Forensic Assistant Salary and Career Path
The 2012 Median annual income for Forensic Assistants is approximately $52,840, or $25.41 per hour.
Job prospects for Forensic Assistants will also grow 6 percent through the year 2022.
This growth is considered a slower rate when compared to other occupations.
Individuals who have a passion solving mysterious deaths would be a perfect fit as a Forensic Assistant.
This career also offers the opportunity to work in a fast paced setting collecting evidence on the field or working in a lab processing results.
Whichever the environment an individual chooses, they can rest assured that their expertise will be invaluable to other professions solving mysterious deaths.
Frequently Asked Questions
What is a forensic assistant?
Forensic assistants work under the supervision of medical examiners, coroners or forensic pathologists and have a variety of responsibilities in and outside the lab.
The tasks a forensic assistant has to perform include collecting evidence for testing and releasing the body after the autopsy is completed.
Forensic assistants may also have additional administrative responsibilities, such as keeping files, issuing death certificates, ordering equipment and supplies, or training new assistants.
They may also be called at the scene of a crime to photograph the scene and assist with collecting and transporting the evidence.
Forensic assistants must ensure that evidence protocols are followed when the samples are handled and stored inside the morgue.
In order to be able to perform the variety of duties mentioned above, forensic assistants need a lot of skills, including dexterity, attention to detail, communication skills and critical thinking abilities.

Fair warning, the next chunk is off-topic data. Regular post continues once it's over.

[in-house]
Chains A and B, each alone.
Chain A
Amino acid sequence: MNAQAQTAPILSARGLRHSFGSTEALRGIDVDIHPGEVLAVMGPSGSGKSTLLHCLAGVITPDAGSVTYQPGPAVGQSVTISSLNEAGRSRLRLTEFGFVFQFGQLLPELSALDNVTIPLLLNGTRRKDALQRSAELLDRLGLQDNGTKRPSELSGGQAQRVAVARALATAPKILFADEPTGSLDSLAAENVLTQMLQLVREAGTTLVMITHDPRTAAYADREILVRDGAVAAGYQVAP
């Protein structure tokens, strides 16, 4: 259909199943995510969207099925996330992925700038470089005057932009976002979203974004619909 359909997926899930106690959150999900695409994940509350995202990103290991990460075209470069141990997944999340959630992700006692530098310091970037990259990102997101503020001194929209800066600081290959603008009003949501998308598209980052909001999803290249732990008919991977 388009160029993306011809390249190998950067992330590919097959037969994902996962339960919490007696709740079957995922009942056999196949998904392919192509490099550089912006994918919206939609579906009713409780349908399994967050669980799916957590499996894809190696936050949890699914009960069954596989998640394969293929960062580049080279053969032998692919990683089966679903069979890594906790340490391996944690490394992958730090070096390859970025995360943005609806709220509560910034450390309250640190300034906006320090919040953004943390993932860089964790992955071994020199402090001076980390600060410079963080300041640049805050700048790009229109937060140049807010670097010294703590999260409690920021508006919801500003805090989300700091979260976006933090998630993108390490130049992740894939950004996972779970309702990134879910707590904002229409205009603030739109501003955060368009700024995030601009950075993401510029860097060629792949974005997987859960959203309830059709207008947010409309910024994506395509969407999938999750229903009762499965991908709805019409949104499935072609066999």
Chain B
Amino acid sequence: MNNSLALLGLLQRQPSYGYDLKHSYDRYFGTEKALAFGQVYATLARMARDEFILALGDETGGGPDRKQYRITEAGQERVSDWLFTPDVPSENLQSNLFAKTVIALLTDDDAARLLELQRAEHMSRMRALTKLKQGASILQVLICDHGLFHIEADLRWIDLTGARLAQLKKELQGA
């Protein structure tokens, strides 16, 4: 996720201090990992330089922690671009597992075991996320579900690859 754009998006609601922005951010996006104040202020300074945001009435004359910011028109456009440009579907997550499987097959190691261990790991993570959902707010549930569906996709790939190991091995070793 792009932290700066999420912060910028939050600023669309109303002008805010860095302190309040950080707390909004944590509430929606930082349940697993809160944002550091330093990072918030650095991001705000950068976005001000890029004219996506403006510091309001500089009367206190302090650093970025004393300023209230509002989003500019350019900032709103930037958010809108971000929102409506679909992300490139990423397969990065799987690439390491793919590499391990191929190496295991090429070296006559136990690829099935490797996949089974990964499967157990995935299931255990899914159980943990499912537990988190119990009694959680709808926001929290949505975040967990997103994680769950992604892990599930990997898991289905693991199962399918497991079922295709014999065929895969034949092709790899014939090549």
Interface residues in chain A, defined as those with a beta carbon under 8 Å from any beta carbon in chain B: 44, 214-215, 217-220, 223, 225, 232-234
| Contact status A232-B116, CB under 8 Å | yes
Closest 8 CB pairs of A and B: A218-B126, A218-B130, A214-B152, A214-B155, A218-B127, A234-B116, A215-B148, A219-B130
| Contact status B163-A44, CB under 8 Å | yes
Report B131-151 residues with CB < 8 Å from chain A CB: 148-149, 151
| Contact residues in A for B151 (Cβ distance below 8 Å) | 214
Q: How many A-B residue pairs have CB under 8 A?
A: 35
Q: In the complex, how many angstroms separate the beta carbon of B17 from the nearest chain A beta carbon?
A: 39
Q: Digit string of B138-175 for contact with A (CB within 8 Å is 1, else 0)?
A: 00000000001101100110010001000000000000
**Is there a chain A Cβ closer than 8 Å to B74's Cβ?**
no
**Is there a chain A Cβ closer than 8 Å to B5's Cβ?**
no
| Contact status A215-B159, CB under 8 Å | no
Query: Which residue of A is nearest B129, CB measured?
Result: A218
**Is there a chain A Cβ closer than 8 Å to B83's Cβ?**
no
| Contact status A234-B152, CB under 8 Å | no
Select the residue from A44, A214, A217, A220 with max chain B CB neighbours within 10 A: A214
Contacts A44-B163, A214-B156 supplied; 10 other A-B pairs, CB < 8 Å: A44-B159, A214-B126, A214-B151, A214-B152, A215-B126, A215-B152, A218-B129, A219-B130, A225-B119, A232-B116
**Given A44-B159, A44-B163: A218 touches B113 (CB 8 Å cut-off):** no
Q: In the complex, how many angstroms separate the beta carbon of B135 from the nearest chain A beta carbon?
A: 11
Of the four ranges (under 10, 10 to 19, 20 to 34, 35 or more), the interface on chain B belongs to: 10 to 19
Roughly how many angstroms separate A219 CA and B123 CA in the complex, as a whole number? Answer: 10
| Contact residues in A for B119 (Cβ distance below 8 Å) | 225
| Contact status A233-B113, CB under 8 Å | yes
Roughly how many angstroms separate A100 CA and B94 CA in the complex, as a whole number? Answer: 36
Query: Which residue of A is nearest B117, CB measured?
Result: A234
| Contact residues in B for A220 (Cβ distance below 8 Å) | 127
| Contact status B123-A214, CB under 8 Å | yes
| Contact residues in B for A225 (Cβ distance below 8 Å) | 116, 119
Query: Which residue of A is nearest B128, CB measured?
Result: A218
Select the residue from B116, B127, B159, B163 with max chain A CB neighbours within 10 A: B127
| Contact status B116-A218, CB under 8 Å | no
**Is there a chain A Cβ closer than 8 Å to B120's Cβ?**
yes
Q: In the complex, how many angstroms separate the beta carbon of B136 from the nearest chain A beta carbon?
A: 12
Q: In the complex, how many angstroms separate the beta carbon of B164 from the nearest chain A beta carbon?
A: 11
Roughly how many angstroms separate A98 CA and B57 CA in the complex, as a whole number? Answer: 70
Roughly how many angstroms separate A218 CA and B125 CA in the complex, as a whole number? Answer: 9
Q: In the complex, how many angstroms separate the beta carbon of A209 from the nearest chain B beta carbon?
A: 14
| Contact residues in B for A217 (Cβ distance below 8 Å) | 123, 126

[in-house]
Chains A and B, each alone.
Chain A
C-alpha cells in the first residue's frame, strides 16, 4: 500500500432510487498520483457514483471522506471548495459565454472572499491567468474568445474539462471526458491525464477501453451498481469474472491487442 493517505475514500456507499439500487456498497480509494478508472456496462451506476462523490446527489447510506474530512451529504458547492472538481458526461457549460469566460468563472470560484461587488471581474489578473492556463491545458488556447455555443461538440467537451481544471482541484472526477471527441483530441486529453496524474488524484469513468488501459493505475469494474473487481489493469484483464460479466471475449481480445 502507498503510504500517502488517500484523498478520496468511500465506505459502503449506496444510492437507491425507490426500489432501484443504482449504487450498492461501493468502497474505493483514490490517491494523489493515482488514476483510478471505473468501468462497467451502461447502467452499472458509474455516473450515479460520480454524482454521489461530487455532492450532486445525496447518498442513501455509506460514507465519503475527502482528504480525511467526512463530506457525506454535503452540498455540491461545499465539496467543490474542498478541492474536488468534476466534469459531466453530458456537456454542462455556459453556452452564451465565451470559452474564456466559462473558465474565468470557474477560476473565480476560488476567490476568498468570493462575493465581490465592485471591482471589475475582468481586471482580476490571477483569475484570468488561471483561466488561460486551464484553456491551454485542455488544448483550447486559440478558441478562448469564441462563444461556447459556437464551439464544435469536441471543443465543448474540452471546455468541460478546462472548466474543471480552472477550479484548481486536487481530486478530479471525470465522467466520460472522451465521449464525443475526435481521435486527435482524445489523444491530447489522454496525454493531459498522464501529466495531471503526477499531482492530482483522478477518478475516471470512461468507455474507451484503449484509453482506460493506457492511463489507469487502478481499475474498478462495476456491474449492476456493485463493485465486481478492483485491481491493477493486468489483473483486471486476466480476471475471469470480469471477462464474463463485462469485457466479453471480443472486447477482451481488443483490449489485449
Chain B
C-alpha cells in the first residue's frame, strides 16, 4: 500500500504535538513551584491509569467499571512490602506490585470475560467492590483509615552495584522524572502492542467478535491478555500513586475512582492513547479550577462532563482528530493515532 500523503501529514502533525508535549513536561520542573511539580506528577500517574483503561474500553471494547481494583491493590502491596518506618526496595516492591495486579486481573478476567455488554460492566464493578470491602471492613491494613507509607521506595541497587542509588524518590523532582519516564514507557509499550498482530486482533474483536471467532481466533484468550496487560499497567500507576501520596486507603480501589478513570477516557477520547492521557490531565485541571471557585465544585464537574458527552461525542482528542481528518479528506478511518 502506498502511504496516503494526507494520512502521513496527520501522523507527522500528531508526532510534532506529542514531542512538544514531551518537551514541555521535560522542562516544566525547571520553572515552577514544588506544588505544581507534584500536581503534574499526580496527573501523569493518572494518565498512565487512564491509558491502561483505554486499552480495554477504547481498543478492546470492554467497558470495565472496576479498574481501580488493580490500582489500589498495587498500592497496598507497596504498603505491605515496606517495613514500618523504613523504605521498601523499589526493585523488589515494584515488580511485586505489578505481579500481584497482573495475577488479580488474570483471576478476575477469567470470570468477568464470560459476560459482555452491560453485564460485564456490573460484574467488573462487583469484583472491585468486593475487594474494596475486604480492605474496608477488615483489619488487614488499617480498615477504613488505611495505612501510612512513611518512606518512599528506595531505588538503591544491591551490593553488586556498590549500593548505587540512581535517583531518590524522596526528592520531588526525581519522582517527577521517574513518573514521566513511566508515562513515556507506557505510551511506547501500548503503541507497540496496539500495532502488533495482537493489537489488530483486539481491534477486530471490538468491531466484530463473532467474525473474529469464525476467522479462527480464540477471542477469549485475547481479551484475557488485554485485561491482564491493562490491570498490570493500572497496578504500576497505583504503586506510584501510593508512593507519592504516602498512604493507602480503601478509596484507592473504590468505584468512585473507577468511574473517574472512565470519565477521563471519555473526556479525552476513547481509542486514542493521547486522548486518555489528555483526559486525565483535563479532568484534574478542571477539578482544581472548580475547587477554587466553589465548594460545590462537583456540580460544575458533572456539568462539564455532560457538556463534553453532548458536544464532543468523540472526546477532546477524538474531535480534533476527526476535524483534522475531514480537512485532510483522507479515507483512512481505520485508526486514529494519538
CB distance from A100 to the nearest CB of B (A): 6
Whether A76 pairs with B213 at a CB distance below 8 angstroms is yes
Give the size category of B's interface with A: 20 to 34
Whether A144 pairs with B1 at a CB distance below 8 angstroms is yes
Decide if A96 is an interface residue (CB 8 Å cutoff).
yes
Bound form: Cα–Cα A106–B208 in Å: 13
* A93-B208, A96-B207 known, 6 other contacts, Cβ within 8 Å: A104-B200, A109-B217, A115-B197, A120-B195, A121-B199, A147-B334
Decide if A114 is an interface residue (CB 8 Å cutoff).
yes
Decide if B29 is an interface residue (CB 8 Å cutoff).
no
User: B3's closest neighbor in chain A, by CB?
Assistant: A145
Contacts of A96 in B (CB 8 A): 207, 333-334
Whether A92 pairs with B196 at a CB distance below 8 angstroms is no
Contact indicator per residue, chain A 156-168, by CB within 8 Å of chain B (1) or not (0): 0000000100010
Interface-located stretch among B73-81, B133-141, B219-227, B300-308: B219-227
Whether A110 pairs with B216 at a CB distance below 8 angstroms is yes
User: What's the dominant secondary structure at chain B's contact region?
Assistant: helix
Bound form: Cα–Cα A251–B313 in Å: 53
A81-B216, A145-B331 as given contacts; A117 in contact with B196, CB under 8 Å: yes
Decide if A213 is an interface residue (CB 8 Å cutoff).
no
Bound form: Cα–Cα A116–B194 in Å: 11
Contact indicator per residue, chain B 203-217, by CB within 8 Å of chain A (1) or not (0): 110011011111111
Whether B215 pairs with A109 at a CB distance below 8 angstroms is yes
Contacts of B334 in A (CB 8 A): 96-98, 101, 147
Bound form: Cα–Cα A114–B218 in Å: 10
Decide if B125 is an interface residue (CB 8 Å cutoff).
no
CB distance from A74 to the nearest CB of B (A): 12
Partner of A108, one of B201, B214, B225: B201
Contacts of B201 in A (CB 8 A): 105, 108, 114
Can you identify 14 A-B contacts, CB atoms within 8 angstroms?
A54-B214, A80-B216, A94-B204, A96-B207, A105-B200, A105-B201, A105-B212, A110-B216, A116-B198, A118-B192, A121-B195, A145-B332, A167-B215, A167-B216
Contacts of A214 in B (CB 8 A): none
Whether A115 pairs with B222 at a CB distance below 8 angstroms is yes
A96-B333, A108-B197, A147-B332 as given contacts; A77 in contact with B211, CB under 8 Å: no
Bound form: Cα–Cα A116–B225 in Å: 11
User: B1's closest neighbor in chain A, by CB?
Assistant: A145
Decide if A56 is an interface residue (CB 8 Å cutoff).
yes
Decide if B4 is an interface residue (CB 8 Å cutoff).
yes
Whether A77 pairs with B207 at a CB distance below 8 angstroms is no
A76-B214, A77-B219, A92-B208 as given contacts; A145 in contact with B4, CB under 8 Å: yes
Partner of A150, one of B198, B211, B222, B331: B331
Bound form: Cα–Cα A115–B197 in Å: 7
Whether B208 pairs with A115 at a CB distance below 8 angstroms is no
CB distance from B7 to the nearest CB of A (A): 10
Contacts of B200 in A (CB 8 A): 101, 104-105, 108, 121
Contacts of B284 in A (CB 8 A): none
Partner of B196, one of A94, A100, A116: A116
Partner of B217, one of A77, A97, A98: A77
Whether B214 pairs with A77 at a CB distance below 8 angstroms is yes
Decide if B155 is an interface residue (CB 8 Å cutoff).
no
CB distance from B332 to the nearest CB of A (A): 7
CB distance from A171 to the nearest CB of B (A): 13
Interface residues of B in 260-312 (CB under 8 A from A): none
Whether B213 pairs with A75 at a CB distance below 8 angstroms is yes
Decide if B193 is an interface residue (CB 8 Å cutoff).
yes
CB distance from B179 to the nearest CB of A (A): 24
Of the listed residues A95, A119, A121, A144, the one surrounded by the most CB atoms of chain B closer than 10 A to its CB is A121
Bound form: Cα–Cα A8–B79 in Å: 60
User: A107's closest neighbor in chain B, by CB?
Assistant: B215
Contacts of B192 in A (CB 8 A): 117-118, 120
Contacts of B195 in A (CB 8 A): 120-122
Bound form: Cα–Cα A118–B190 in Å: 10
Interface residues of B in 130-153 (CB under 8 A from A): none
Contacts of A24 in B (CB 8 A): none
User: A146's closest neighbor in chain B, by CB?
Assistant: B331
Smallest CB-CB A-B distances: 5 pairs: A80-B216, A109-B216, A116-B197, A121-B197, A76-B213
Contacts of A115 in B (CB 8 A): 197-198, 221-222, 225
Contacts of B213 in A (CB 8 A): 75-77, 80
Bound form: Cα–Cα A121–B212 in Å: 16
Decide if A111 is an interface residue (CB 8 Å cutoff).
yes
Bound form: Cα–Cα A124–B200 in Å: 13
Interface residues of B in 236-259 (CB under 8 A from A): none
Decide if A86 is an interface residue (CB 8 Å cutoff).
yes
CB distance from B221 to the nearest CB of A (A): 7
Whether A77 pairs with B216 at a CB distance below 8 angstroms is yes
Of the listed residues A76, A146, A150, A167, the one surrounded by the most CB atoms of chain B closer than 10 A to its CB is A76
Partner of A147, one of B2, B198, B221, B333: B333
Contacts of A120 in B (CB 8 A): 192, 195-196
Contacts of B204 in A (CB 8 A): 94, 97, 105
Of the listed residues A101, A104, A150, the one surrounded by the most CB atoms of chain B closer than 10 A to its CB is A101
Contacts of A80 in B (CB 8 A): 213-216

Forensic assistants usually work standard hours but they may be on-call outside of normal business hours to work on cases.
How much does a forensic assistant make?
According to the Bureau of Labor Statistics, the median wage for forensic science technicians, in general, was $58,230 per year as of May 2018.
Salaries for forensic assistants vary depending on the region, the employer and the assistant’s level of experience.
Some earn less than $35,000 a year while others make more than $95,000 a year.
How much does it cost to become a forensic assistant?
Educational requirements in this field vary, but most forensic assistants hold a bachelor’s or master’s degree in forensic science or a related field.
Four-year bachelor’s degree programs in forensic science cost, on average, around $30,000 a year but tuition costs vary widely depending on the school you choose and the program itself.
What is the demand for forensic assistants?
According to the Bureau of Labor Statistics, employment for forensic science technicians, in general, is expected to grow 14 percent by 2028.
Competition is expected to be strong, and a degree from a reputable school and a few years of experience in the field may give you an advantage over the other competitors on the job market.
How long does it take to become a forensic assistant?
Forensic assistants typically need a bachelor’s degree in science or a related field; the degree can be obtained after four years of post-secondary education.
Some schools also offer programs for forensic pathology assistants; these programs usually can be completed in around 2 years.
Forensic assistants must also be licensed as Clinical Laboratory Assistants.
After being hired you may also receive on-the-job training or work under the supervision of an experienced forensic assistant who will help you learn the ins and outs of this profession.
In order to be able to keep up with the latest scientific advances, forensic assistants must participate in continuing education classes throughout their careers.